The Finnish company said it would also get a one-off payment, although it did not disclose any of the sums involved. The companies had started the arbitration in 2015.
“We believe that this award confirms the quality of Nokia’s patent portfolio. We continue to see potential for additional licensing opportunities,” said Nokia Chief Legal Officer Maria Varsellona in a statement.
The ruling was made by the International Court of Arbitration of the International Chamber of Commerce. Nokia has recently signed deals with larger phone makers Samsung and Apple and Xiaomi.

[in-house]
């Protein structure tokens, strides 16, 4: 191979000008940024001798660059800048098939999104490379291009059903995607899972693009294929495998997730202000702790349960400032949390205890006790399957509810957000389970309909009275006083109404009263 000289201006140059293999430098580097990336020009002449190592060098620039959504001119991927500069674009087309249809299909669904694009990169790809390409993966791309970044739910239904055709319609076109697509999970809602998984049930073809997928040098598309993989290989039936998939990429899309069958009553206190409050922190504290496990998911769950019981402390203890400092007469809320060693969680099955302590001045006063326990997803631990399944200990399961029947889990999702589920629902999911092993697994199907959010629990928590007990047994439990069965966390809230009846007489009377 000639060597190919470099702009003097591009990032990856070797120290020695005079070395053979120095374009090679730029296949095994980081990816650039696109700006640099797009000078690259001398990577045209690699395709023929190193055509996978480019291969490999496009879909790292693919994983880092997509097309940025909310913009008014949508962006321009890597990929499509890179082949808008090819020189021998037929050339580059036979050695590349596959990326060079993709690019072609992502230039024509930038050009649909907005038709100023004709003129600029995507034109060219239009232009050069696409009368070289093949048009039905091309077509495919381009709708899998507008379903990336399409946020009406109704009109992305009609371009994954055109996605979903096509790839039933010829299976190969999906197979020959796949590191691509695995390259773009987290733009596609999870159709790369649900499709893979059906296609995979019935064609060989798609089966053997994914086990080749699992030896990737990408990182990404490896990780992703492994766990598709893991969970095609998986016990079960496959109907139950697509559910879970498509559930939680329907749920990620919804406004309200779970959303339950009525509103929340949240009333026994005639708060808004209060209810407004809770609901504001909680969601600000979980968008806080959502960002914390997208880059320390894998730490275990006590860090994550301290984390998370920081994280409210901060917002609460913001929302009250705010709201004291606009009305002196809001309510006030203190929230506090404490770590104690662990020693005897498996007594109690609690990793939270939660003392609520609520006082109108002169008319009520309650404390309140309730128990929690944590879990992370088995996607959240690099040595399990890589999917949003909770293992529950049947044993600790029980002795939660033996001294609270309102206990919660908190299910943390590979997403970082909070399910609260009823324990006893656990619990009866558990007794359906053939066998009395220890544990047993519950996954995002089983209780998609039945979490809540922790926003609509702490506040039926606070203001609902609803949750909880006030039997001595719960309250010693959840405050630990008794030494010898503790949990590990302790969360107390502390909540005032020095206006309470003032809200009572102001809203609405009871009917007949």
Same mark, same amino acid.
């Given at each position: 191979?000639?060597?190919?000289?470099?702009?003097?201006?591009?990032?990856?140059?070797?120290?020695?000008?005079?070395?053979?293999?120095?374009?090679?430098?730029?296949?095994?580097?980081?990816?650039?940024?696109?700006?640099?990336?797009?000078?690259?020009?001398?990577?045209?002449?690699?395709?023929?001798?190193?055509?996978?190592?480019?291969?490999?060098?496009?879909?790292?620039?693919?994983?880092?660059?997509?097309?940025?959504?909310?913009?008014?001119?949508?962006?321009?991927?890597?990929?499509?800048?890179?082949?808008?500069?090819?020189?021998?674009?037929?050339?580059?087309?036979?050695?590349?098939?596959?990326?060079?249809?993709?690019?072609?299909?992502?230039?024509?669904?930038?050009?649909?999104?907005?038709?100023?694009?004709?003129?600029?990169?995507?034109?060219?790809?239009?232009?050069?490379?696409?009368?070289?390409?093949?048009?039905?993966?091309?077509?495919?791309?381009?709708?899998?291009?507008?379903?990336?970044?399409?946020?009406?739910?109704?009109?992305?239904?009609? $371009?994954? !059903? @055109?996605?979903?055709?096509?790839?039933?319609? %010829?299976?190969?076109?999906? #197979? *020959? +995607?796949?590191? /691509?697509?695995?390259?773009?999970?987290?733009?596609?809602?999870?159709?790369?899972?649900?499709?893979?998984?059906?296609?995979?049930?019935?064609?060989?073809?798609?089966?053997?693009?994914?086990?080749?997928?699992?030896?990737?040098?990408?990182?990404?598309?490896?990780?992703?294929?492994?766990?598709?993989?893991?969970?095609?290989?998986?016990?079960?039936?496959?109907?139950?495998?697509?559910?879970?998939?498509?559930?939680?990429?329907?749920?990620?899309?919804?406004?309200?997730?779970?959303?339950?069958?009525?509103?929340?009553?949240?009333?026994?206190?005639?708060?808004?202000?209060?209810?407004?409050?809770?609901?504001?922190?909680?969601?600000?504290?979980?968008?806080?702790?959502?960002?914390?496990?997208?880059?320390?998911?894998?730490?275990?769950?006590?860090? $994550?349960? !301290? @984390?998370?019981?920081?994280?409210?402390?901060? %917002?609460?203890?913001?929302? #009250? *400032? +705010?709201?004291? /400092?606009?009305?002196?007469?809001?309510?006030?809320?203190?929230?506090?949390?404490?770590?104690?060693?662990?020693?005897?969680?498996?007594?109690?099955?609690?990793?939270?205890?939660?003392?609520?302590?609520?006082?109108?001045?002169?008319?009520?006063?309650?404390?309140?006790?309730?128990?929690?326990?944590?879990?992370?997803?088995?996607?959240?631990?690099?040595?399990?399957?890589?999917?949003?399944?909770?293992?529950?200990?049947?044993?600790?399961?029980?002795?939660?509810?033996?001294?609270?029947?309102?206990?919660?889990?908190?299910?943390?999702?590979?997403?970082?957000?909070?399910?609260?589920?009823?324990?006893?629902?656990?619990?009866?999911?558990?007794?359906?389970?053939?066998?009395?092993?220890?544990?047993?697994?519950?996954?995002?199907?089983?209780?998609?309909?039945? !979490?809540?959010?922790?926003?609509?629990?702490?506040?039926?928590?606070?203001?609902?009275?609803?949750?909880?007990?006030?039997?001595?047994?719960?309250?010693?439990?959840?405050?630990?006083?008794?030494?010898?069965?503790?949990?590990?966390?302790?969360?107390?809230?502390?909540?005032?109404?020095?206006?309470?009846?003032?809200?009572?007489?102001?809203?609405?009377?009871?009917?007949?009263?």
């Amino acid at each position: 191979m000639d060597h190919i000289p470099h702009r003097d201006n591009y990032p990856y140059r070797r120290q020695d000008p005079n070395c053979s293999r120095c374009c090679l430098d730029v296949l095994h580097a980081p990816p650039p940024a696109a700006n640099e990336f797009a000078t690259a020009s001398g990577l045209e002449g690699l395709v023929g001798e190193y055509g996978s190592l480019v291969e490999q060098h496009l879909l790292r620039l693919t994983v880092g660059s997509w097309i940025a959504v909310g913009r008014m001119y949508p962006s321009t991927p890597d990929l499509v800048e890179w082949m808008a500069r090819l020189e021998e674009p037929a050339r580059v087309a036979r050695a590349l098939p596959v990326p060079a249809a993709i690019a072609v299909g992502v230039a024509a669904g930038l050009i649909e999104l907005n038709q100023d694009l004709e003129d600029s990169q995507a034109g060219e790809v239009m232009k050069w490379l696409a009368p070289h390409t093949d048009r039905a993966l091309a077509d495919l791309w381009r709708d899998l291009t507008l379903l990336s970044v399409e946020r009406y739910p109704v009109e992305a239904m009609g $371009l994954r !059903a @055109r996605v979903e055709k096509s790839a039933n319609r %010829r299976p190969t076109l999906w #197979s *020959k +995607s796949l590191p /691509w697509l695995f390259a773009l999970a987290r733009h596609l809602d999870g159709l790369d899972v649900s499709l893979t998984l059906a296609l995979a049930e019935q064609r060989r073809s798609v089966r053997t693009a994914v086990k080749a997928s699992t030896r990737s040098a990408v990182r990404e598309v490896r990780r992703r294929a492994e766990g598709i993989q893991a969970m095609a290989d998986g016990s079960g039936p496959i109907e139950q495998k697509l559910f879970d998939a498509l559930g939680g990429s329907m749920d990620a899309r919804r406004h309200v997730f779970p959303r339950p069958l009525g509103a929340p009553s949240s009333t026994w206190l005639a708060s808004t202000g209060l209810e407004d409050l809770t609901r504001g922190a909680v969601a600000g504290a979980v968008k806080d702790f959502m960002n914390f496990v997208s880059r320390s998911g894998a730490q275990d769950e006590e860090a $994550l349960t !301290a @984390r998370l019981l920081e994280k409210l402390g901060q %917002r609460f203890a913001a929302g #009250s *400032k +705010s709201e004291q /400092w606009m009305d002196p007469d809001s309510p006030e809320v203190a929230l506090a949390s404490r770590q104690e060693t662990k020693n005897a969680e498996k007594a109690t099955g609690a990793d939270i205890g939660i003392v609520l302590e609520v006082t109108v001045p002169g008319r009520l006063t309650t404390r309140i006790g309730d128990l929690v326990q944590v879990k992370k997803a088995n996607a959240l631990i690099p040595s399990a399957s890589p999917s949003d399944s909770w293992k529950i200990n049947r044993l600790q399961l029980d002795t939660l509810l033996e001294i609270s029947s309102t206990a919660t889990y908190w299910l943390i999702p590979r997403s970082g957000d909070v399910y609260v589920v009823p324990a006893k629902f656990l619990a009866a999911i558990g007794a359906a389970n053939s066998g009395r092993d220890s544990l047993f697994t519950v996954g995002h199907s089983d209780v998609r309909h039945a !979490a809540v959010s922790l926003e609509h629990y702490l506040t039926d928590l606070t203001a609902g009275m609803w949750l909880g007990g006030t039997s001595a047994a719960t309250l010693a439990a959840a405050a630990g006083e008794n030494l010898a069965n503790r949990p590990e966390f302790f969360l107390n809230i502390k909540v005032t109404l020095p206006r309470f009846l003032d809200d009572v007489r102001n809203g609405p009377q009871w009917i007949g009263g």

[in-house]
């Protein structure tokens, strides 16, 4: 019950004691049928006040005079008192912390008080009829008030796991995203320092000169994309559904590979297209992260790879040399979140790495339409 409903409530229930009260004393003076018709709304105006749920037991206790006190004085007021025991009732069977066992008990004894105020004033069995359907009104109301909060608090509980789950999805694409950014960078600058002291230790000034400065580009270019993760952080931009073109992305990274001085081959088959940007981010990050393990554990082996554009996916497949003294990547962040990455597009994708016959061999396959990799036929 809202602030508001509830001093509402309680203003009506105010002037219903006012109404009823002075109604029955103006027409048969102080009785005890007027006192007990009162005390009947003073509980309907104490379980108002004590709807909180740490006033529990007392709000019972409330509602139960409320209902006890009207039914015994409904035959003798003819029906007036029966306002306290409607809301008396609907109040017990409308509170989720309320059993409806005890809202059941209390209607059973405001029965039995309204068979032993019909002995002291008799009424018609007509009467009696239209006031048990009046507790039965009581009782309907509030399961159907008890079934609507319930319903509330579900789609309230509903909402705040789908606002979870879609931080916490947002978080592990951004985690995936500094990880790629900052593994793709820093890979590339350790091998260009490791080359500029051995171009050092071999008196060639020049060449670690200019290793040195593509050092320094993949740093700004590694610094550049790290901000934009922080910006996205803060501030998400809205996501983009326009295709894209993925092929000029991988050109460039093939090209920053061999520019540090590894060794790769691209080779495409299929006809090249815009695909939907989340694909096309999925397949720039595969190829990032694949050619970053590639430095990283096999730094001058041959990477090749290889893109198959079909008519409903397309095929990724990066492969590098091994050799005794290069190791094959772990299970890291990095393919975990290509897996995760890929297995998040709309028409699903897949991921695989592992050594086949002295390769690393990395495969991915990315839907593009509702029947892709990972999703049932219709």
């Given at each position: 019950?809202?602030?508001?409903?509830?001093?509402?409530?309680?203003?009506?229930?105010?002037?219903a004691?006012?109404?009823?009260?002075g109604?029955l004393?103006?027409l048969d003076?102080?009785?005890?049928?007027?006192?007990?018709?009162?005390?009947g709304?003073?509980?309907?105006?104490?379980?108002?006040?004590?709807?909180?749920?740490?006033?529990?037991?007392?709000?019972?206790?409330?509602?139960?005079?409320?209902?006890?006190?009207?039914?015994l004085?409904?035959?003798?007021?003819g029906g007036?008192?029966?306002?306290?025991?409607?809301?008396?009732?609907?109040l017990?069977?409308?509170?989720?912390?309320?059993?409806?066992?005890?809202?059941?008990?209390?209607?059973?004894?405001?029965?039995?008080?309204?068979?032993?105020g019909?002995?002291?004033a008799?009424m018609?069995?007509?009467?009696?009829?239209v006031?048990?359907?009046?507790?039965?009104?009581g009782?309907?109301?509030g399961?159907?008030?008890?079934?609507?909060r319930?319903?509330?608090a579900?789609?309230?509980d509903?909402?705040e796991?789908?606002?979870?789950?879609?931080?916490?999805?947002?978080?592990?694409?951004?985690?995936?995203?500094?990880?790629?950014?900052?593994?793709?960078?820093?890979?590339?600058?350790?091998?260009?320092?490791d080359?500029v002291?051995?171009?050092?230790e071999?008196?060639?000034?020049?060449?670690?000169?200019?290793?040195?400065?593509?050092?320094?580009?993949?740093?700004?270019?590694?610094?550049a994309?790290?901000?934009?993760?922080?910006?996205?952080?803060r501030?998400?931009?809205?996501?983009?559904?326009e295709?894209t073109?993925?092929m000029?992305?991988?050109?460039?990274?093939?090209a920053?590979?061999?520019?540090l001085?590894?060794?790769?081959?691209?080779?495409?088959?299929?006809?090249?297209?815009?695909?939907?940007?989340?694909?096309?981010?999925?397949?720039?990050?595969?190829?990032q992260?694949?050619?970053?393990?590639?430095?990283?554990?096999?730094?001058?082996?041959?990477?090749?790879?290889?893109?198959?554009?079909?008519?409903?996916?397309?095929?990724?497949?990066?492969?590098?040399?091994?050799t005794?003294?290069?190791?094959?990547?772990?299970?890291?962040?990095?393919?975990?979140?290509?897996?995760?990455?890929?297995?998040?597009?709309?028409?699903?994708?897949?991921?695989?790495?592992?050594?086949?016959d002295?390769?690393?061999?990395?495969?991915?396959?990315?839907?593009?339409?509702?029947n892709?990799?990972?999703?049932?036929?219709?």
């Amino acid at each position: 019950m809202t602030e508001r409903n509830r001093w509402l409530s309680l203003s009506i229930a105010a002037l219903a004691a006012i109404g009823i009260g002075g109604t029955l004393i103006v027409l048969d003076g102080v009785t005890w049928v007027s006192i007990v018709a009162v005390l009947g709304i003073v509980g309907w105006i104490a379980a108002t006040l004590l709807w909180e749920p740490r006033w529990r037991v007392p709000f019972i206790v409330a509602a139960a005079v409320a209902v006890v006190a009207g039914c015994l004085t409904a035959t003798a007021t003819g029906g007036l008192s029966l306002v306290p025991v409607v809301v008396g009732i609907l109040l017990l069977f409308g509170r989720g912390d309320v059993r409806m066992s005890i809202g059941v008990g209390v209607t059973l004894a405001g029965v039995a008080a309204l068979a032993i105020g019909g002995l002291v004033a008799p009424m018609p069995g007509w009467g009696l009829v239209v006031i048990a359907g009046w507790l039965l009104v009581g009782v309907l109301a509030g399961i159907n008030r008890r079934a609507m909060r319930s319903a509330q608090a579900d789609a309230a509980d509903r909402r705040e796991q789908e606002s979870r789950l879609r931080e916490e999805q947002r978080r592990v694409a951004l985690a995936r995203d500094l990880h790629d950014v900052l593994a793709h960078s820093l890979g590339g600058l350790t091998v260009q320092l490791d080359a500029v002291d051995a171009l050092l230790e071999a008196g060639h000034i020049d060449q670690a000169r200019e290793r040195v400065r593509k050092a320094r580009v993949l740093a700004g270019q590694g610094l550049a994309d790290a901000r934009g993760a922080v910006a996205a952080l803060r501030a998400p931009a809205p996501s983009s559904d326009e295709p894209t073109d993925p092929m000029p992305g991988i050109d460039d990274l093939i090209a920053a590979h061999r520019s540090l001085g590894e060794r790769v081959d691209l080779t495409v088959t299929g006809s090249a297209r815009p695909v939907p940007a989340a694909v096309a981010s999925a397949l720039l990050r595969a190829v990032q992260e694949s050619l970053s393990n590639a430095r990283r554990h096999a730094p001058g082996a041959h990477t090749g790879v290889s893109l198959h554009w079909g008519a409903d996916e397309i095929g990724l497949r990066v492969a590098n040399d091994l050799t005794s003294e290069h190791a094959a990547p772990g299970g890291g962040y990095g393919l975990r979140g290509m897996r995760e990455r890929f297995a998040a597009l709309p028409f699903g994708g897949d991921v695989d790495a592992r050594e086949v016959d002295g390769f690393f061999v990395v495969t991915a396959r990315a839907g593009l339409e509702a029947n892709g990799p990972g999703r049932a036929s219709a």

Nokia’s patent unit had sales of 616 million euros in the first half of the year - just six percent of the group’s total revenue. However, licensing payments are highly profitable while Nokia’s core business, telecom networks, is suffering an industry-wide slump.
The revenue of the LG deal will be clearly smaller than that from the Apple agreement, which he estimated to bring around 250 million euros annually.
Nokia sold its once-dominant phone business to Microsoft in 2014 but retained its patent catalog covering technology that reduces the need for hardware components in a phone, conserves battery life and increases radio reception, among other features.
LG has a global market share of around four percent in smartphones, according to Strategy Analytics.